How Mobile Phones Are Impacting Our Health and Fitness

While some see phones as bad for our health, many more are using them to achieve fitness levels that they wouldn't otherwise reach. We caught up with a few fans of smartphone fitness to find out how their device has encouraged them to get active.

12 September 2016, 2:25pm

From the column 'O2 Presents #NewNormal'

Brought to you by the #NewNormal, O2's mission to question, explore and understand how mobile is changing the way we act and interact as humans. Read more #NewNormal stories here.

UK adults are now spending upwards of 25 hours per week online, and it's affecting our wellbeing. Necks hurt as we bend to stare at our phones, sleep is disrupted by late night social media updates, and 59% of us claimed to be 'hooked' to our devices. It didn't used to be like this. Long before the omnipresent mobile phone became the #newnormal, we would dance in the fields and sleep under the stars...Whether our nostalgia for an analogue past is misplaced or not, these days we're trying to wean ourselves away from Wi-Fi. According to a recent study by Ofcom, more than a third of UK internet users have attempted to complete a 'digital detox'.

Yet while some see phones as bad for our health, many more are using their device to achieve fitness levels that they wouldn't otherwise reach. Over the past few years, people have been motivated to workout thanks to new apps that provide workout routines, attainable goals, and bit of healthy competition. I recently caught up with a few fans of smartphone fitness to find out how their device has encouraged them to get active.

Kyle, 31, claims he was never a "gym guy" before he downloaded a fitness app called StrongLifts 5x5. "When I was in my twenties I was more interested in punk and drinking than working out" Kyle tells me. "Then after a decade of getting on it and generally feeling paunchy and gross, I decided to pack in the booze and get in shape before it was too late." Unfortunately, Kyle didn't really know how to go about this. While he'd occasionally jogged around his local park, he'd never been in a weight room let alone followed a workout routine. Stronglifts 5x5 helped him to get started. "It basically told me what exercises to do, how much to lift, and what muscle groups I should workout on each day." The app also encourages you to increase your lifts by 5lbs every week. "I certainly feel stronger", Kyle tells me. "I definitely wouldn't have known what to do if it weren't for the app. Ditching the pints and tabs also helps."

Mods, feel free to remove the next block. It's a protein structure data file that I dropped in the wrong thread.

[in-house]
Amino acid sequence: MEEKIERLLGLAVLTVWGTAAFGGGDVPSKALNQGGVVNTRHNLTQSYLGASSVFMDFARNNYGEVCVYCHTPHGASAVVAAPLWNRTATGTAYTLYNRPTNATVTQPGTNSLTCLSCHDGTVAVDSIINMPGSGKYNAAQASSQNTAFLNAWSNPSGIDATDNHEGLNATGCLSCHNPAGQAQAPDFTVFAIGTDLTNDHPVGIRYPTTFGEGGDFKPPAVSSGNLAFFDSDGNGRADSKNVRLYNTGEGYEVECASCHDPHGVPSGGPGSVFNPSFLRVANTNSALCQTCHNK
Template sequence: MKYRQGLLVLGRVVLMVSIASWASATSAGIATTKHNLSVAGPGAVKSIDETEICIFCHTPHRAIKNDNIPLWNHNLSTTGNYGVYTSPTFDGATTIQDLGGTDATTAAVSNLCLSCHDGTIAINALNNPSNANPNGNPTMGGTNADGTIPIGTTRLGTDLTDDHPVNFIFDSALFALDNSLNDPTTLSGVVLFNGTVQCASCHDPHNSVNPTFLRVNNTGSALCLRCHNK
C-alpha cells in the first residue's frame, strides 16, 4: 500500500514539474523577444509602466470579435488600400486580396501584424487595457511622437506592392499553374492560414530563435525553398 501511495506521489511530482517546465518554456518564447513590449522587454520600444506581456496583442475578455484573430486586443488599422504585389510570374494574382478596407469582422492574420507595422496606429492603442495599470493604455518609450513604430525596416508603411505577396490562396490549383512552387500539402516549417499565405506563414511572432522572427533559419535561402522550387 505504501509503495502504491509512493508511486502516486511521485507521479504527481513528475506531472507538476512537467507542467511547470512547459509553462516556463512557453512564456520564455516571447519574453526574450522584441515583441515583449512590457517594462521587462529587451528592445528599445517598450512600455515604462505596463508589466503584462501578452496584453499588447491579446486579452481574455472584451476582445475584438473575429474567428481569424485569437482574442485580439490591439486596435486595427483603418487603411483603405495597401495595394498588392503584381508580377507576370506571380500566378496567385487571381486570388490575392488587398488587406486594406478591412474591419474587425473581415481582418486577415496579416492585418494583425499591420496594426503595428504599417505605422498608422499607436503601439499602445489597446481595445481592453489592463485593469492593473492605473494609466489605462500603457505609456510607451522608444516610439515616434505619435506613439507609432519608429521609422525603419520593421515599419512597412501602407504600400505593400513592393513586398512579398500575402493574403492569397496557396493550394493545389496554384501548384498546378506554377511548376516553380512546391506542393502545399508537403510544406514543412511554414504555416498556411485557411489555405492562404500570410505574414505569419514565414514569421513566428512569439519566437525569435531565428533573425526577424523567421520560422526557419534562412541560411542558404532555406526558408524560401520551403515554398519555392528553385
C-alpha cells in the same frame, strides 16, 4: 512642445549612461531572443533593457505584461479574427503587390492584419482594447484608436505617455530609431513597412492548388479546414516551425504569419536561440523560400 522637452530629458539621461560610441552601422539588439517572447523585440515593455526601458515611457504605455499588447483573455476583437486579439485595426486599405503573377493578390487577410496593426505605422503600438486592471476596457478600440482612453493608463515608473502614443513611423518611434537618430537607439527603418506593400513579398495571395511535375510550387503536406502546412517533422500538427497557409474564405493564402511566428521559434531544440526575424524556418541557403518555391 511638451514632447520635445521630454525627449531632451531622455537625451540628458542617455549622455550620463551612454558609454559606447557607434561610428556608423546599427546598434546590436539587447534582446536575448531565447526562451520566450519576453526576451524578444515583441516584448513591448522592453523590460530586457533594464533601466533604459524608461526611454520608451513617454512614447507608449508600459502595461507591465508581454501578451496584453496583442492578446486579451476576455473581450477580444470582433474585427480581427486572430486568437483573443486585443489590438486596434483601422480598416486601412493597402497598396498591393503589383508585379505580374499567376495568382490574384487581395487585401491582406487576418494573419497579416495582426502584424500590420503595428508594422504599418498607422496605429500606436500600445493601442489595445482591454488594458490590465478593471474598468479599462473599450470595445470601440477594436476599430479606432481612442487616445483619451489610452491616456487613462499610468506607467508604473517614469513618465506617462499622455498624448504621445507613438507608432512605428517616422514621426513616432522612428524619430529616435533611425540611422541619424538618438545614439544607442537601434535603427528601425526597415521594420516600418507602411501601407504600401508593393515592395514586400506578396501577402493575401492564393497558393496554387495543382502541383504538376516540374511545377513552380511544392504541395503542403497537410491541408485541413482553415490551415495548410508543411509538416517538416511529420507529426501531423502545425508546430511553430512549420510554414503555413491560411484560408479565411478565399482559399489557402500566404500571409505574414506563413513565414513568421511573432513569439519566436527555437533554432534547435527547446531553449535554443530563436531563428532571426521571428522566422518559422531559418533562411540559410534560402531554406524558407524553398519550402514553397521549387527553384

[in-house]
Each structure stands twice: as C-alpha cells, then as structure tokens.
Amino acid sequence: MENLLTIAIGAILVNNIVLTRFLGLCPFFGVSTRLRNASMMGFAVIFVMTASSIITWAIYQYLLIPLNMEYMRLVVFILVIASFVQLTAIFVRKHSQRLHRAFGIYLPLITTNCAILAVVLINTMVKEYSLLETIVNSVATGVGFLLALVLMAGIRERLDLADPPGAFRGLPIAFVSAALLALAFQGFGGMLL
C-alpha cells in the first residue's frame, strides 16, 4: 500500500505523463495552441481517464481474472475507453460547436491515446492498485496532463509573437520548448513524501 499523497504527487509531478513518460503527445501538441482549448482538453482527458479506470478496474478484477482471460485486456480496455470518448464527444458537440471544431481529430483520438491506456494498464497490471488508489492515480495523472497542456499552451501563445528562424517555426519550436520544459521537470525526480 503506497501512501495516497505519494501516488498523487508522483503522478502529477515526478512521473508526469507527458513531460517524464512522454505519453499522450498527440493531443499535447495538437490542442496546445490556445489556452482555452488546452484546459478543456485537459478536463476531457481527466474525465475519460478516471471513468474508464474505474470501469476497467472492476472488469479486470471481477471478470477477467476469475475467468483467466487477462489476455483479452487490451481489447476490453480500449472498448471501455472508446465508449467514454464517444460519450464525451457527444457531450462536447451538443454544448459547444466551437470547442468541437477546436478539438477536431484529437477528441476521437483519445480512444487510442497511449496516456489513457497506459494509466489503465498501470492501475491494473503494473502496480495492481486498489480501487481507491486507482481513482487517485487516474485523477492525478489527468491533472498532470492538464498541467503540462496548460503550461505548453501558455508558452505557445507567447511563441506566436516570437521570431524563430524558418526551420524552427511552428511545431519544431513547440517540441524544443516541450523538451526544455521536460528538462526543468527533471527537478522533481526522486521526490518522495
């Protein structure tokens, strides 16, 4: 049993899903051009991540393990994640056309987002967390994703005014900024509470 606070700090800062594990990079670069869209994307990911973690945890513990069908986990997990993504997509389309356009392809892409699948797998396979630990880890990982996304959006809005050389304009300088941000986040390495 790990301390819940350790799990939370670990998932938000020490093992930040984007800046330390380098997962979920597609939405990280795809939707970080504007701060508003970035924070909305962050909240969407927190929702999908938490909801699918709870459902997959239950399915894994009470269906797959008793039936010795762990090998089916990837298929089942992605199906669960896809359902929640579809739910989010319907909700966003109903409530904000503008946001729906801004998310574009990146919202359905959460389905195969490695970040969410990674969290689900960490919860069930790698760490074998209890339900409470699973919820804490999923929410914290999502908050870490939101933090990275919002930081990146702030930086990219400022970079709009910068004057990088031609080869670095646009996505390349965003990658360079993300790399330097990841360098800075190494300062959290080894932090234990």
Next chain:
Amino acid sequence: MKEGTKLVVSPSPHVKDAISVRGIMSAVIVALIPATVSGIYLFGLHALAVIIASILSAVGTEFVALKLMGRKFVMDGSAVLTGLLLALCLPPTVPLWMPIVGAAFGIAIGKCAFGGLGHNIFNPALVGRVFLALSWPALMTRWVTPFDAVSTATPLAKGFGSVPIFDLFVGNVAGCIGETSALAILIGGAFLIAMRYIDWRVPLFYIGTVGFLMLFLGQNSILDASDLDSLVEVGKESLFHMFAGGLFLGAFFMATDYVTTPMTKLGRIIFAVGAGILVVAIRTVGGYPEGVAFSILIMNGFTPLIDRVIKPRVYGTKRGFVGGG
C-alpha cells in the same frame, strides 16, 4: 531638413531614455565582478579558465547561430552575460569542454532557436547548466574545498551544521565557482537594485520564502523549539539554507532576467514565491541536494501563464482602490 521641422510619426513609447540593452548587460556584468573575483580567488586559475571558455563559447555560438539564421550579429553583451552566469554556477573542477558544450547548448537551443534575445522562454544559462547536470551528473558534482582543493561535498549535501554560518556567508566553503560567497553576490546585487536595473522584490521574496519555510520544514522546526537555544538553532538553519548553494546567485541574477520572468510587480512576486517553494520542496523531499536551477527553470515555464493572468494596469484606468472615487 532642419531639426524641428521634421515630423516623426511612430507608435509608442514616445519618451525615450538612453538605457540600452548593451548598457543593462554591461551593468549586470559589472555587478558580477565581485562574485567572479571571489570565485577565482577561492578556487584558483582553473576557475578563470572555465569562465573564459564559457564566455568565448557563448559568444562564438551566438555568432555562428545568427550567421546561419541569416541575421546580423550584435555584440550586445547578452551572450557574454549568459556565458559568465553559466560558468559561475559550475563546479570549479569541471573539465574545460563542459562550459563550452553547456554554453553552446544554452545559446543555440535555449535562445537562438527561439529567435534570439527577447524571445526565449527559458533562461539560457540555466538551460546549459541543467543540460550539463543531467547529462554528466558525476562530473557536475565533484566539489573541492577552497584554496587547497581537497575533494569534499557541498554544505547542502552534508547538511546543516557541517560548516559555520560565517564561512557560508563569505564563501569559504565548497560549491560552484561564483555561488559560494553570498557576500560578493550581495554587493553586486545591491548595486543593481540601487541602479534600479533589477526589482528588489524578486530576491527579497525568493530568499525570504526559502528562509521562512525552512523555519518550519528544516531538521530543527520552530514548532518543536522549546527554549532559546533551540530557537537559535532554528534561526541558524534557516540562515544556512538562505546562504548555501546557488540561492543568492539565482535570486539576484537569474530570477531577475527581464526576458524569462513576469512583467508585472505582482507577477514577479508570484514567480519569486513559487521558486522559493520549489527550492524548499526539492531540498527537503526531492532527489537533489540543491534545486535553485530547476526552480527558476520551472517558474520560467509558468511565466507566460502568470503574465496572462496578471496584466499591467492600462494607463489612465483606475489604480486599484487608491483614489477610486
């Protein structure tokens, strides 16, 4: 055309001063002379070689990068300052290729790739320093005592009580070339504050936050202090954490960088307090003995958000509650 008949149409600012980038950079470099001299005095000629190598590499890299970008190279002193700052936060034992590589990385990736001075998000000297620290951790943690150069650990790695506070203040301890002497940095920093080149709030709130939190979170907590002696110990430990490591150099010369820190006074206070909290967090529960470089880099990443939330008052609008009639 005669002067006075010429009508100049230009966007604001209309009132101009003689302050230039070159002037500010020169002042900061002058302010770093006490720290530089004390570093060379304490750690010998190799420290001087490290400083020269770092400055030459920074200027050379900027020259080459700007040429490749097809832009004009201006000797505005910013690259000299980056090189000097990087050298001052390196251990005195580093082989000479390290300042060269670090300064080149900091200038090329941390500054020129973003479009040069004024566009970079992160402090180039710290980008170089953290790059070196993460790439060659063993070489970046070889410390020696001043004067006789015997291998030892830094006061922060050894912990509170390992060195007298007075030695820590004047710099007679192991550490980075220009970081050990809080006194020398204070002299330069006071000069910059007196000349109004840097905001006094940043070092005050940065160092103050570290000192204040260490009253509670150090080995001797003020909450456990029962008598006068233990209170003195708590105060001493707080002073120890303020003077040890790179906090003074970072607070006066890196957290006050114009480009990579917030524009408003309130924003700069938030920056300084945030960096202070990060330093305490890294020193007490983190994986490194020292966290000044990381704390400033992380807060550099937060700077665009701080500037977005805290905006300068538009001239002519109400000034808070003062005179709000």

While smaller programs like 5x5 cater to more specific needs, there are well-known apps that are effectively taking over the fitness world. With the exception of two, almost everyone person I spoke to was a fan of fitbit. The small device is essentially a pedometer on steroids, measuring not just daily steps, but heart rate and quality of sleep. It links to an app on your phone which charts your progress via a bluetooth connection. There are a number of reasons for its success, but for Johnny, a 25-year-old account manager from London, the fitbit is the perfect antidote to the spiraling cost of gym memberships in the capital. "I lived in London for a few months and couldn't really afford a membership at a decent gym, so I decided to go the opposite way and eat loads of pizza," Johnny says.

"Naturally, I gained a lot of weight." So what did he do? "My girlfriend bought me a Fitbit for Christmas after I'd been looking into them online. I wear it everyday. It's a good feeling to look at your phone and see you've walked a certain amount of steps or burned a certain amount of calories."